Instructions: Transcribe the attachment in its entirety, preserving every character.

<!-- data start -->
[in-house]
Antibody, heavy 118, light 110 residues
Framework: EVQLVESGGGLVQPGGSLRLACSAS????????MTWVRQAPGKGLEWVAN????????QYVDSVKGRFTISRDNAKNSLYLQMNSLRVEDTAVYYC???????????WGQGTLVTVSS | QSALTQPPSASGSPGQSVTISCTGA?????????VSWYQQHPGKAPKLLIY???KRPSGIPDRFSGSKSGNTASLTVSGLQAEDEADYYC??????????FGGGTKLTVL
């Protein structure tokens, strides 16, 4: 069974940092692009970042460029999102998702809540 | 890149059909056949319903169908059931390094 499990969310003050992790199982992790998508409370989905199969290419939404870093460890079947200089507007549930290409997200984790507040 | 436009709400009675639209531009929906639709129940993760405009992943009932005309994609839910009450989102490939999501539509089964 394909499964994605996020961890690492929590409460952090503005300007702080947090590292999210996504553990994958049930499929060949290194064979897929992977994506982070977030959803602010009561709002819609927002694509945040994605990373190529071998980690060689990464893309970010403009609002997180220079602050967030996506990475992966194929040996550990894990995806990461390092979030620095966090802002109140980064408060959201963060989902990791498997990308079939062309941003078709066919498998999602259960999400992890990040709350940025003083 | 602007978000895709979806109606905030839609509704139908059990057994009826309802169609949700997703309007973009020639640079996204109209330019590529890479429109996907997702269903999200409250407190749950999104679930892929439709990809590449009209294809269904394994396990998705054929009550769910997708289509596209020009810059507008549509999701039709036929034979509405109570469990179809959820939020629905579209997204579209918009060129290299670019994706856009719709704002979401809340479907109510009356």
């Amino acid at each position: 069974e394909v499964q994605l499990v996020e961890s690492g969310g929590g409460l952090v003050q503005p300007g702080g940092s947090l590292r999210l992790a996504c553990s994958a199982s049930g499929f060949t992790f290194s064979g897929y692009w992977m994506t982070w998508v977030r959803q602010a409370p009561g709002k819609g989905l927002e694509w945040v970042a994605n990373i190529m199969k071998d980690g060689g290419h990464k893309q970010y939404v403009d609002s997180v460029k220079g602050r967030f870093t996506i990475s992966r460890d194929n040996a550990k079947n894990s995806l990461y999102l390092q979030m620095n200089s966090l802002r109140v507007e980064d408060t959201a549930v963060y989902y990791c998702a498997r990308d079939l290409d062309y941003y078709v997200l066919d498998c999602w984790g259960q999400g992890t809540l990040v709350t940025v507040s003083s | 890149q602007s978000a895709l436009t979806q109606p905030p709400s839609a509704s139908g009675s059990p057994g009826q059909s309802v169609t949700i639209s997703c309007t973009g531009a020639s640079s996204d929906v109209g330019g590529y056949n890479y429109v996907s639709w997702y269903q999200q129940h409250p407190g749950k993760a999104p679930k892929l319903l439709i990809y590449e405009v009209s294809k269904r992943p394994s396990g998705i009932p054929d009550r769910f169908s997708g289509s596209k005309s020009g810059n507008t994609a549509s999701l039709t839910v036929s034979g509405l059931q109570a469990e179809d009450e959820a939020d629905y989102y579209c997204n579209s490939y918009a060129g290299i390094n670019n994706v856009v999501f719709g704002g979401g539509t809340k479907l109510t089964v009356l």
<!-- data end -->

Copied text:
[in-house]
Antibody, heavy 118, light 110 residues
Framework: EVQLVESGGGLVQPGGSLRLACSAS????????MTWVRQAPGKGLEWVAN????????QYVDSVKGRFTISRDNAKNSLYLQMNSLRVEDTAVYYC???????????WGQGTLVTVSS | QSALTQPPSASGSPGQSVTISCTGA?????????VSWYQQHPGKAPKLLIY???KRPSGIPDRFSGSKSGNTASLTVSGLQAEDEADYYC??????????FGGGTKLTVL
């Protein structure tokens, strides 16, 4: 069974940092692009970042460029999102998702809540 | 890149059909056949319903169908059931390094 499990969310003050992790199982992790998508409370989905199969290419939404870093460890079947200089507007549930290409997200984790507040 | 436009709400009675639209531009929906639709129940993760405009992943009932005309994609839910009450989102490939999501539509089964 394909499964994605996020961890690492929590409460952090503005300007702080947090590292999210996504553990994958049930499929060949290194064979897929992977994506982070977030959803602010009561709002819609927002694509945040994605990373190529071998980690060689990464893309970010403009609002997180220079602050967030996506990475992966194929040996550990894990995806990461390092979030620095966090802002109140980064408060959201963060989902990791498997990308079939062309941003078709066919498998999602259960999400992890990040709350940025003083 | 602007978000895709979806109606905030839609509704139908059990057994009826309802169609949700997703309007973009020639640079996204109209330019590529890479429109996907997702269903999200409250407190749950999104679930892929439709990809590449009209294809269904394994396990998705054929009550769910997708289509596209020009810059507008549509999701039709036929034979509405109570469990179809959820939020629905579209997204579209918009060129290299670019994706856009719709704002979401809340479907109510009356």
């Amino acid at each position: 069974e394909v499964q994605l499990v996020e961890s690492g969310g929590g409460l952090v003050q503005p300007g702080g940092s947090l590292r999210l992790a996504c553990s994958a199982s049930g499929f060949t992790f290194s064979g897929y692009w992977m994506t982070w998508v977030r959803q602010a409370p009561g709002k819609g989905l927002e694509w945040v970042a994605n990373i190529m199969k071998d980690g060689g290419h990464k893309q970010y939404v403009d609002s997180v460029k220079g602050r967030f870093t996506i990475s992966r460890d194929n040996a550990k079947n894990s995806l990461y999102l390092q979030m620095n200089s966090l802002r109140v507007e980064d408060t959201a549930v963060y989902y990791c998702a498997r990308d079939l290409d062309y941003y078709v997200l066919d498998c999602w984790g259960q999400g992890t809540l990040v709350t940025v507040s003083s | 890149q602007s978000a895709l436009t979806q109606p905030p709400s839609a509704s139908g009675s059990p057994g009826q059909s309802v169609t949700i639209s997703c309007t973009g531009a020639s640079s996204d929906v109209g330019g590529y056949n890479y429109v996907s639709w997702y269903q999200q129940h409250p407190g749950k993760a999104p679930k892929l319903l439709i990809y590449e405009v009209s294809k269904r992943p394994s396990g998705i009932p054929d009550r769910f169908s997708g289509s596209k005309s020009g810059n507008t994609a549509s999701l039709t839910v036929s034979g509405l059931q109570a469990e179809d009450e959820a939020d629905y989102y579209c997204n579209s490939y918009a060129g290299i390094n670019n994706v856009v999501f719709g704002g979401g539509t809340k479907l109510t089964v009356l």